Can nurses wear jewelry?

There has also been debate over the years regarding the wearing of jewelry, particularly rings, by healthcare staff and if it could potentially increase a patient’s risk of infection. Various studies have been conducted to examine this concern as well and although many suggest the need for further research in this area most studies also show that there is a higher rate of contamination and risk of carrying potential pathogens from one person to another when jewelry is worn.

This is because it can be challenging to thoroughly clean the skin underneath of the ring and any grooves within the ring. Many places, especially surgical settings, will require that jewelry (rings) be removed. Others may allow for a simple wedding band without jewels or stones on it. Aside from the potential concern regarding the thoroughness of hand cleaning around rings, the other large concern with rings is the potential risk that the ring may rip gloves. If indeed the ring does rip a glove it can then further increase the risk of potential contamination which is another reason any rings other than standard wedding bands are often limited in the healthcare setting.

Contamination Prevention

As we can see contamination is absolutely something that can become present when the appropriate nail hygiene is not being done. So, how do we prevent this contamination? What role does the nurse have in ensuring a safe environment for the patient in regards to this possible contamination? First and foremost, the nurse should always follow the healthcare facility’s policy regarding matters of these subjects. In addition, hand washing is the best practice to take.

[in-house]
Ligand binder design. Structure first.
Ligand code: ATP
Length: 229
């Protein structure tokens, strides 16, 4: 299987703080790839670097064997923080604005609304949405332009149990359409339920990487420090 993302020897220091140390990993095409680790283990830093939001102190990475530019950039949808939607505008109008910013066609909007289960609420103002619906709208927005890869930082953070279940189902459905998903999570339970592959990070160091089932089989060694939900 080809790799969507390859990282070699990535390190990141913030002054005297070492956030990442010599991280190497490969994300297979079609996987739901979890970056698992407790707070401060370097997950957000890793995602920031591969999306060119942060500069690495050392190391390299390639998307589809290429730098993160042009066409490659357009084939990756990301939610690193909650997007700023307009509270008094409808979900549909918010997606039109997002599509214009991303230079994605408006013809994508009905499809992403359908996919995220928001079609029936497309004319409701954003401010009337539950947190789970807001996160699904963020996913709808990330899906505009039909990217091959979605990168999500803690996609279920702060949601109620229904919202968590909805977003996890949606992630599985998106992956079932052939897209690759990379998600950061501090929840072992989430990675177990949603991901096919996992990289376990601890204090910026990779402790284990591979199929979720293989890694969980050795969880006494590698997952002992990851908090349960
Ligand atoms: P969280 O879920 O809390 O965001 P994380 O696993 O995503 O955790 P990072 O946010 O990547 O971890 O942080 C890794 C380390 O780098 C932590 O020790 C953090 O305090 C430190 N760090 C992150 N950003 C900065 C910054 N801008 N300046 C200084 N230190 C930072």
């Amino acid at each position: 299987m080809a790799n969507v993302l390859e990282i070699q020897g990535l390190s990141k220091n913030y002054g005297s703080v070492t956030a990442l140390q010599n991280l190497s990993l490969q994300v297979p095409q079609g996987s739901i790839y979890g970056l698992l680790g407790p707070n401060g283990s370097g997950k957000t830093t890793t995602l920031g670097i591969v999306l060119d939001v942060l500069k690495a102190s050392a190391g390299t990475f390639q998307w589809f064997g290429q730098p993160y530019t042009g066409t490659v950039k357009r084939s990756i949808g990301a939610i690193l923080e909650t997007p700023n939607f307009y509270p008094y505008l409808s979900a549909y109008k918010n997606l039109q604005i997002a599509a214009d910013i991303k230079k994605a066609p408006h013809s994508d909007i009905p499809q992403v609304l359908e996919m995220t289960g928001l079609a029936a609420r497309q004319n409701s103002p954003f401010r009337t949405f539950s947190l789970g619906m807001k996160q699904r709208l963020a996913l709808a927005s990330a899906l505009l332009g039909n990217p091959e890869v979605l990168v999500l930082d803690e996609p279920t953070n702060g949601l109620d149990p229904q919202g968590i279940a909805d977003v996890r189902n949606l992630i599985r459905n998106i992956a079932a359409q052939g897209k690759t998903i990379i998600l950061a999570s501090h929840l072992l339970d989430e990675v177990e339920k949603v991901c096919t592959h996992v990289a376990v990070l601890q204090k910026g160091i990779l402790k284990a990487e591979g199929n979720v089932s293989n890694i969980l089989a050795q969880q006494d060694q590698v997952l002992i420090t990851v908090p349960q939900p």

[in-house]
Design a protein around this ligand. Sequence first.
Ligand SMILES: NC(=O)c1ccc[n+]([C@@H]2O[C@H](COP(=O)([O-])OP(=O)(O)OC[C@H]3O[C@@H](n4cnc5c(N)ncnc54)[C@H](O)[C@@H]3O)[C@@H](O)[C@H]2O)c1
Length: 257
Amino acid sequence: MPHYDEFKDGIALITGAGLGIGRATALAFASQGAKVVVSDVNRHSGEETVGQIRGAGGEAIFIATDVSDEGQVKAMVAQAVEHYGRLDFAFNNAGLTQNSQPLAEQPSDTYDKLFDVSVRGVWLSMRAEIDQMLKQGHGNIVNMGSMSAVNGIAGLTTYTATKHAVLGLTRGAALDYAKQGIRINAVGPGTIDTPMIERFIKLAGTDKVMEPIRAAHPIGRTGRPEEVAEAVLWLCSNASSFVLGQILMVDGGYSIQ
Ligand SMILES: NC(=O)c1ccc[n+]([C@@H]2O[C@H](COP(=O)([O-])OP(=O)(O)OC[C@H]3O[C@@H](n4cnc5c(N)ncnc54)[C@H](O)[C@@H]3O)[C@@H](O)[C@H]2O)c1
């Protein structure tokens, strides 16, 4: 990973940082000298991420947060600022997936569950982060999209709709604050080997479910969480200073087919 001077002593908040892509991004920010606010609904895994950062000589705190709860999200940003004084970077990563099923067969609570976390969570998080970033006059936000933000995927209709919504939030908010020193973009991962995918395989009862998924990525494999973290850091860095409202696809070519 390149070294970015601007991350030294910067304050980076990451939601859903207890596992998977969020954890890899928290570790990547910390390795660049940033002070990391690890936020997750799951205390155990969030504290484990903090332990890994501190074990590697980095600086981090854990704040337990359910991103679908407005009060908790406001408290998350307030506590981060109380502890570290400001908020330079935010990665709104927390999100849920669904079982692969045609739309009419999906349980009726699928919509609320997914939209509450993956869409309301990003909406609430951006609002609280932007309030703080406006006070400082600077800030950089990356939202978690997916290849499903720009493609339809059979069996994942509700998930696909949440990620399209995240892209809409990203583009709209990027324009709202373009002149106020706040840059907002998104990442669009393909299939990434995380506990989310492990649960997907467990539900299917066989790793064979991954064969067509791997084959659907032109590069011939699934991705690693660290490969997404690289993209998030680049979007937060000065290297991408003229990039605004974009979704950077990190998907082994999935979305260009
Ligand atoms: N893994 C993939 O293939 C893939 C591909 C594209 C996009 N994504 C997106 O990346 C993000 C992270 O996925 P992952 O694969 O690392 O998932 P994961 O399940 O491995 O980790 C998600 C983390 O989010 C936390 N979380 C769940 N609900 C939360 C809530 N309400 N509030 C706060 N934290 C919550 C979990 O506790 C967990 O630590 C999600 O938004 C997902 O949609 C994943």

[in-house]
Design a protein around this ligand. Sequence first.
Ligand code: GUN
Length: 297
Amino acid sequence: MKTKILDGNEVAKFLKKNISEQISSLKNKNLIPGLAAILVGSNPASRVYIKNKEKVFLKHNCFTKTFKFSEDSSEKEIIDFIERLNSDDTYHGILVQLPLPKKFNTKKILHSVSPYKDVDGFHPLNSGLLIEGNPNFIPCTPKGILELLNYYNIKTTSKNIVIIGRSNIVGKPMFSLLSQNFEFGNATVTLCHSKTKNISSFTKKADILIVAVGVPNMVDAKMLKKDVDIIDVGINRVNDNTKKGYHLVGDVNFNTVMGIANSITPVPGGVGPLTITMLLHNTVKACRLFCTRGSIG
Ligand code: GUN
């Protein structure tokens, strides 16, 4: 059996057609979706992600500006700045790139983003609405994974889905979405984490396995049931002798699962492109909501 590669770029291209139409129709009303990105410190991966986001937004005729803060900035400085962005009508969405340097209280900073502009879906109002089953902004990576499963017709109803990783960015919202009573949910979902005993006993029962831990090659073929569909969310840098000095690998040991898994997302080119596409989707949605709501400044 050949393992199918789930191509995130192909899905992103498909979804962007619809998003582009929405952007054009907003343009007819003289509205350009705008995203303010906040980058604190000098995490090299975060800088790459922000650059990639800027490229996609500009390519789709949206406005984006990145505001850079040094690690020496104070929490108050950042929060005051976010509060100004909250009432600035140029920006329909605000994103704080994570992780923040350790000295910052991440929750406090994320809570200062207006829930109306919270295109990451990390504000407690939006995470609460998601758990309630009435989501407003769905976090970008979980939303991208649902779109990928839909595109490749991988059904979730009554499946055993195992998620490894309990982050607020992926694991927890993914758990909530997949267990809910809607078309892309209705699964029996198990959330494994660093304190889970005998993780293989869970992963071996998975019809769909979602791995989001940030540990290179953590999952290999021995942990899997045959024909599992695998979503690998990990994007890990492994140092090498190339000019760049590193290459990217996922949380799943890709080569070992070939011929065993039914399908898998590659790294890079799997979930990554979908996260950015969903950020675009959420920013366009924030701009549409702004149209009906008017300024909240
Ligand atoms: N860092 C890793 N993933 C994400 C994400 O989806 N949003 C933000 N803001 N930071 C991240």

Depending on the setting there may be specific types of soaps required. For instance, in the surgical setting the healthcare team members will likely be required to use a different type of antimicrobial soap that the nurses on a standard hospital unit use. If this is the case, ensure you are using the appropriate soap. If on a standard nursing unit within the hospital make sure you are taking the appropriate time needed to clean your hands.

According to the CDC, healthcare team members should either use an alcohol-based hand rub or soap and water for at least 20 seconds when cleaning hands. Soap and water should always be used when hands are visibly soiled and nurses should make sure that they clean underneath of any wedding bands they may be wearing. Likewise, paying particular attention to their nails and the area surrounding the nails is a very important step in hand washing. Always remember hands must be washed before and after touching a patient, before performing an aseptic task, after coming into contact with any bodily fluids, and after removing gloves.  

With careful consideration and working together, nurses may still be able to wear nail polish as long as the appropriate hygiene measures are taken and we hold one another accountable.

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Written by
Tabitha Cumpian